Organisation for Anti-Convulsant Syndrome
Registered Charity No. 1116497
UK Helpline: 07904 200364
Children with Fetal Anti-Convulsant Syndrome face many challenges including a vast range of potential physical problems and physical features that set them apart from their peers, as well as general cognitive difficulties. A diagnosis of autism (this is especially recognised in those whose mothers took sodium valproate during pregnancy) means that the challenges faced are much greater for both child and parents/caregivers.
Autism is a lifelong developmental condition that can affect a person in different ways at different stages of their life. There is no cure for autism but there are interventions and help for those affected.
Autism (Kanners Syndrome) and Aspergers Syndrome were traditionally believed to be two different conditions. However they are now believed to be the same condition but at two extremes of the spectrum. Autism is variously described as Autistic Spectrum Disorder (ASD) , Autism, Asperger’s Syndrome, etc. People with autism have different degrees of severity and abilities but there are similarities between those traditionally described as having Asperger’s, high functioning people with autism and those at the most severe end.
The most commonly described symptoms on the ASD are a set of three symptoms/behaviors’ sometimes referred to as a ‘triad of impairments’.
This triad consists of:
Difficulties understanding and processing verbal communication
Inability to detect and interpret tone of voice, sarcasm, jokes, etc.
A tendency to understand things literally (e.g. “You’re too big for your boots” would be taken literally to mean that their footwear is too small)
An inability to understand the rules of social interaction such as turn-taking, when to speak, or not speak.
They may appear to be insensitive to the needs of others (they may talk continually about one subject for an extended period of time without pause and not recognize that the other person is bored, uninterested or even annoyed).
They prefer to spend time alone or when in company appear to behave strangely or inappropriately. (e.g. a person with ASD may learn a social script such as “Hello. How are you today?” and respond with “I’m fine, thanks” when asked how they are. However when the script is finished they may seem rude and say “I’ve had enough now, thank you. Goodbye” and just go.)
There is inability to understand situations or predict behavior from others or learn from situations.
There have difficulty understanding the concept of danger or to overestimate dangers where none exist.
Imaginative play is limited - they may seem to act out ‘imaginative’ scenes but this is often repetitive behavior based on things they have observed (e.g. my 16 year old son used to watch me play Lara Croft Tomb Raider and would act out the actions of Lara Croft including ‘tunneling’ under the coffee table and running across beams with a pairs of Uzi’s (the back of the sofa with two kitchen knives!)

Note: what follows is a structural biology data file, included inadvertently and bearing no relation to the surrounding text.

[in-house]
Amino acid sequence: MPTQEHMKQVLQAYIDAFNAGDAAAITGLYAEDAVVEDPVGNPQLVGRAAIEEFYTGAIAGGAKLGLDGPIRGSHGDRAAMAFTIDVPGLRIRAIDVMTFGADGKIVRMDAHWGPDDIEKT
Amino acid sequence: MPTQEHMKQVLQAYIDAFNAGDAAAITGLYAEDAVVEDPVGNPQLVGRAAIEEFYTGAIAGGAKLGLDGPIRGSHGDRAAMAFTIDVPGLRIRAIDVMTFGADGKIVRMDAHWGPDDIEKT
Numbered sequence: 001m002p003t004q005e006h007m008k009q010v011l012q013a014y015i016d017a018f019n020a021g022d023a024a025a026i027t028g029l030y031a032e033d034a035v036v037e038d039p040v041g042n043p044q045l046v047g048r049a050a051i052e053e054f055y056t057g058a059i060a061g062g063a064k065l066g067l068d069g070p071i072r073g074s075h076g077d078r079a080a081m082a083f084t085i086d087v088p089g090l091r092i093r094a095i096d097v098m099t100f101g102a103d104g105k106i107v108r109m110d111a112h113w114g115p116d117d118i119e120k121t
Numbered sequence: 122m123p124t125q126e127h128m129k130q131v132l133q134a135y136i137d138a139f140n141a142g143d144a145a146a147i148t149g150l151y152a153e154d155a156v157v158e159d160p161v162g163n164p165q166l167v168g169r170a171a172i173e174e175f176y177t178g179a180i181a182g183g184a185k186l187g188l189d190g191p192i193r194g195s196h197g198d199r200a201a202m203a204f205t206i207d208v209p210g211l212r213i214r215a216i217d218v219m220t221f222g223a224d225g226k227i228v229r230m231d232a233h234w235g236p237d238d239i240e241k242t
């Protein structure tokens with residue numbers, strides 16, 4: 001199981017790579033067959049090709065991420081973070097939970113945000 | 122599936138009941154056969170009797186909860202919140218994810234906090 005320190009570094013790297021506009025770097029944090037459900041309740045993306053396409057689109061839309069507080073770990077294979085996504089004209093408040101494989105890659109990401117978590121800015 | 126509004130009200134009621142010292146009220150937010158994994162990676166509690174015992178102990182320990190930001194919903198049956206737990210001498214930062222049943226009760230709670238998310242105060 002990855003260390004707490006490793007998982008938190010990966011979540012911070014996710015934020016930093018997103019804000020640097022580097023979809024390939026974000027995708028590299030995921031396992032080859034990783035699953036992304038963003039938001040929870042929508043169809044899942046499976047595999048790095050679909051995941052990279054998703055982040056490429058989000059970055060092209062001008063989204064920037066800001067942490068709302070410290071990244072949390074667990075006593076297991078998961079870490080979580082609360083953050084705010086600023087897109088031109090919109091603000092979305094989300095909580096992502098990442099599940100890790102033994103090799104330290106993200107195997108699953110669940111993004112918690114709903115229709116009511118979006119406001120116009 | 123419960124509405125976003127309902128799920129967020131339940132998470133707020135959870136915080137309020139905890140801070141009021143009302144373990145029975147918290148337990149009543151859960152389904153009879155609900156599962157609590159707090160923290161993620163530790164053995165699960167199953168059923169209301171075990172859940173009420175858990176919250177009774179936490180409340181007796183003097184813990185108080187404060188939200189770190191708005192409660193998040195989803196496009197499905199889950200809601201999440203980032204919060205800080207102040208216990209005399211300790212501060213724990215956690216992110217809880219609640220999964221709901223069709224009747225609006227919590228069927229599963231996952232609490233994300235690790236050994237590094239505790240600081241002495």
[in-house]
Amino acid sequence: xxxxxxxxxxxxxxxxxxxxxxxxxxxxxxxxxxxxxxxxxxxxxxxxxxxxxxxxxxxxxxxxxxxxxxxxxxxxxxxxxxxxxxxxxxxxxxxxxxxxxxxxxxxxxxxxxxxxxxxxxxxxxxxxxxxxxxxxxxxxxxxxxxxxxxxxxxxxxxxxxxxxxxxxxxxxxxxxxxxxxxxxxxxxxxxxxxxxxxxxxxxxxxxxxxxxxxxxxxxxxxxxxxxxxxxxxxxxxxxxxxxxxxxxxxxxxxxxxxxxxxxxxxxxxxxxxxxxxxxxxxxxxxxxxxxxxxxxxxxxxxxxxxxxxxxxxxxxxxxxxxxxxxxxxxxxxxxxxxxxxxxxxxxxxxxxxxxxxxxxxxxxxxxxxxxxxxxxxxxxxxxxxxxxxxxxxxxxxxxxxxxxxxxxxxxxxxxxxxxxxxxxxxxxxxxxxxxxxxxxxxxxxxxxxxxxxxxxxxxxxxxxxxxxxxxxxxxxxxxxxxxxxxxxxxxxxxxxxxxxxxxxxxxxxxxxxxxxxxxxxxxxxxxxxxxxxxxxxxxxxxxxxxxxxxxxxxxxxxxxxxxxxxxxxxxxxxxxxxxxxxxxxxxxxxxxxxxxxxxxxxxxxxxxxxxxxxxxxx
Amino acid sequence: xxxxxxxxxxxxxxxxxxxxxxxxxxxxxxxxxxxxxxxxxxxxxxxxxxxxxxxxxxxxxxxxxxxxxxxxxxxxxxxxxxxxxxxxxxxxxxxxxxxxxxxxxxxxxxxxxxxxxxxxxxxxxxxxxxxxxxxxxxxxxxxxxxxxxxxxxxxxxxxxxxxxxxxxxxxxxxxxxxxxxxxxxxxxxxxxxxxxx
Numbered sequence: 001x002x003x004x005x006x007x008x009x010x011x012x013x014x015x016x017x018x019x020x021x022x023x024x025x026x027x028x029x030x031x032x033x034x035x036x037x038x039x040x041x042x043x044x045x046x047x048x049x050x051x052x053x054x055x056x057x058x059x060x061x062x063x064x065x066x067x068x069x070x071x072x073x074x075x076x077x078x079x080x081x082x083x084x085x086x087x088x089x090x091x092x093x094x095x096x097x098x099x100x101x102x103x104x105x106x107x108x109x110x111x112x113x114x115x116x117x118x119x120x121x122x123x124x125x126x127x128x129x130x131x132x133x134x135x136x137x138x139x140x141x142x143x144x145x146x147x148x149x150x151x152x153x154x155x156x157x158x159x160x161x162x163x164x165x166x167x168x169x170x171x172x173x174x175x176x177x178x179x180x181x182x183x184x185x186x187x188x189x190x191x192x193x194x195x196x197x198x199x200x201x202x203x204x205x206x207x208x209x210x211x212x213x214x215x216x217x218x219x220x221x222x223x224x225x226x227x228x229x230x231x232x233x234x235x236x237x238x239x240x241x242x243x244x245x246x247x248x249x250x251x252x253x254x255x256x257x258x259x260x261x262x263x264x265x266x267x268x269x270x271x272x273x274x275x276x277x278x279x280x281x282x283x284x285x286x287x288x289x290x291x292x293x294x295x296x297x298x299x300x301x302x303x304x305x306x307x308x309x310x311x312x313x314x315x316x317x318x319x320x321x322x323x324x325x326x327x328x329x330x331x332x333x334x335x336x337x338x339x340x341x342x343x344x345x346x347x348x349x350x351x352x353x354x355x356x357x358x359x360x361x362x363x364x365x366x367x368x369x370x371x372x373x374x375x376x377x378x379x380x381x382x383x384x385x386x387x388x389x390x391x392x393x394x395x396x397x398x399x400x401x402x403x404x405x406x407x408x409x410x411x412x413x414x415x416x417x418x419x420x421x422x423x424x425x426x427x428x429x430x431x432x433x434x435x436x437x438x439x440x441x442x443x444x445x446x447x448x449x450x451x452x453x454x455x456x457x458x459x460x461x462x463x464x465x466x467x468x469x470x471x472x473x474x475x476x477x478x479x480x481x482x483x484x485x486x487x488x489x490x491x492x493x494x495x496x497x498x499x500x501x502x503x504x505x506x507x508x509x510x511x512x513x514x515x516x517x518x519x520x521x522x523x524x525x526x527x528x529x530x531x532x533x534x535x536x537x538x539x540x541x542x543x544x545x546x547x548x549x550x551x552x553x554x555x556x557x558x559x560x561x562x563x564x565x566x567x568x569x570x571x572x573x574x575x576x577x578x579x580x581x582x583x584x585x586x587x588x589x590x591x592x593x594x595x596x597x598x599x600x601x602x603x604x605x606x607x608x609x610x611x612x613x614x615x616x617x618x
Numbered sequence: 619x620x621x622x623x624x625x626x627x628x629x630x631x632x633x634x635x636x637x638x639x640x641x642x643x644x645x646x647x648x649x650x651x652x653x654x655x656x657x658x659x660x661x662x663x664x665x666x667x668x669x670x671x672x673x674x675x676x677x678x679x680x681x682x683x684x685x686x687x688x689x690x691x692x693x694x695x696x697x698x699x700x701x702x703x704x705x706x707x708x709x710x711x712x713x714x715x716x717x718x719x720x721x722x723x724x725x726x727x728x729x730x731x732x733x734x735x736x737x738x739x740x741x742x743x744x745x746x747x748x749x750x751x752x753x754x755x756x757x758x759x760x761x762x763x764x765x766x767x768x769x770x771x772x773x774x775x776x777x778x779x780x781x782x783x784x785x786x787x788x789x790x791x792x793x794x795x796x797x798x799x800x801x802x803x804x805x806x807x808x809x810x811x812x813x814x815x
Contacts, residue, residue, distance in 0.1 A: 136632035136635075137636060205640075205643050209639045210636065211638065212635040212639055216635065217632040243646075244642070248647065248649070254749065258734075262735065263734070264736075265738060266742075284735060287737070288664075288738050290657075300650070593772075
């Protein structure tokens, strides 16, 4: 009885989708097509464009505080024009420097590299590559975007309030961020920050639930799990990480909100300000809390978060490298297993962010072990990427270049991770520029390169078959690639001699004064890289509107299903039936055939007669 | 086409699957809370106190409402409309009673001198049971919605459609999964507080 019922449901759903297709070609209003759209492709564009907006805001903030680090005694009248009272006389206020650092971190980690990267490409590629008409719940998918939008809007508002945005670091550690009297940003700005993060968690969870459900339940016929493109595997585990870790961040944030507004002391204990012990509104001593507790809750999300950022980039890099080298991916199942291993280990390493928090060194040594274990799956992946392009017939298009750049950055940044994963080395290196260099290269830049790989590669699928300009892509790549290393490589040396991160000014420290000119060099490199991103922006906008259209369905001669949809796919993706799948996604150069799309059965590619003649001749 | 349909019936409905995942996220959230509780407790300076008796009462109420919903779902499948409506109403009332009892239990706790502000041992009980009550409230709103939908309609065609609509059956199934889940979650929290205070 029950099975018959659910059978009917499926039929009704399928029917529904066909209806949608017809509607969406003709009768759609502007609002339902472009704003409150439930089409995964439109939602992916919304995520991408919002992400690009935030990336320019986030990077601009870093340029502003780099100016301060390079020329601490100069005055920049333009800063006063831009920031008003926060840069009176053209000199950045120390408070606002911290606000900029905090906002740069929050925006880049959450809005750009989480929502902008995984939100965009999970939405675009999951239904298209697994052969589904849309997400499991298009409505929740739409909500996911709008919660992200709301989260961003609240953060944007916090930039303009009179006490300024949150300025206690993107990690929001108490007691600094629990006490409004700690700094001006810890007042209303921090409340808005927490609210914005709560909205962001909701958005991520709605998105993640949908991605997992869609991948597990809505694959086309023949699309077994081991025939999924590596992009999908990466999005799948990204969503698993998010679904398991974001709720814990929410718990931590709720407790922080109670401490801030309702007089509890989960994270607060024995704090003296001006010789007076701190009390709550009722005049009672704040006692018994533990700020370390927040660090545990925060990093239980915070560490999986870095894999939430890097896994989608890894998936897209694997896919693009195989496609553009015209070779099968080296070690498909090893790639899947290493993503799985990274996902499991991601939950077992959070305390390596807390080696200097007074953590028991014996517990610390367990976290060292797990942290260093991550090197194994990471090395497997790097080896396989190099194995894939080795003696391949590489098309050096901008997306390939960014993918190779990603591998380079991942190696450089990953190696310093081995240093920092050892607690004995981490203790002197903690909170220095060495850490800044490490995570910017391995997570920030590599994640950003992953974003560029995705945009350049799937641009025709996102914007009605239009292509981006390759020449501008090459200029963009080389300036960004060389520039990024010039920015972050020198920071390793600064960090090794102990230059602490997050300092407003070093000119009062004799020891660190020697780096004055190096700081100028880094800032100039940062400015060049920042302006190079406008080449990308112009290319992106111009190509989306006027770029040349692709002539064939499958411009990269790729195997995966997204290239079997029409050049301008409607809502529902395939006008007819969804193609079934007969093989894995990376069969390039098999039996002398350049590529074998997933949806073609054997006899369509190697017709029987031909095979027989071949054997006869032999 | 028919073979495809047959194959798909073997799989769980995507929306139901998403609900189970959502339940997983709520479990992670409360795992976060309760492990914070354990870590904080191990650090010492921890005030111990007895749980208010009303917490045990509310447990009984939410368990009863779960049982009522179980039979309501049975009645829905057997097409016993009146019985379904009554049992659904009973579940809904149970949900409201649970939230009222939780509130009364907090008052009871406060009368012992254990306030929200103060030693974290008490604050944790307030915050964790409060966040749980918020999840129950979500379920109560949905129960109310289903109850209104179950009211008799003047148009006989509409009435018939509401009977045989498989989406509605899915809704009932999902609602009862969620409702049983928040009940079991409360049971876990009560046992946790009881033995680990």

They have problems understanding what will happen and when - a trip may have to be discussed and planned well in advance and the arrangements will be repeatedly brought up and the person appears anxious or agitated if they do not get the information. Many people with ASD find new situations very difficult and prefer routine.
As well as the ‘triad of impairments’ which, to a lesser or greater degree, affect all people on the spectrum, they may also have sensory sensitivities (My son would remove ALL of his clothing if he managed to spill a tiny drop of water on his cuff). There may be one or a few special interests that occupy most of their time such as train spotting, lining up toy cars or watching a film/s repeatedly.
Many people with ASD have learning difficulties and require special needs education and intervention appropriate to their age and ability. However there are some exceptions and a few people with ASD may demonstrate an exceptional talent in one area such as music, art or math’s.
Altthough this chart is for the use of teachers it can be adapted to any situation
People with ASD can be excitable and constantly on the move and/or displaying stereotyping movements such as hand flapping, twitching, flicking their fingers in front of their eyes and other repetitive behaviors. On the other hand they can be very placid and passive, completely avoid eye contact and rarely, if ever, instigate physical or social contact. People on the ASD can look perfectly normal until they are spoken to or somebody tries to interact with them and then the difficulties become obvious quite quickly. People with ASD tend to become anxious and frustrated by their inability to understand the world they live in or the social rules that most of us instinctively understand. Because of this they are prone to tantrums or ‘meltdowns’ if they cannot remove themselves, or be removed, from the situation that is making them uncomfortable.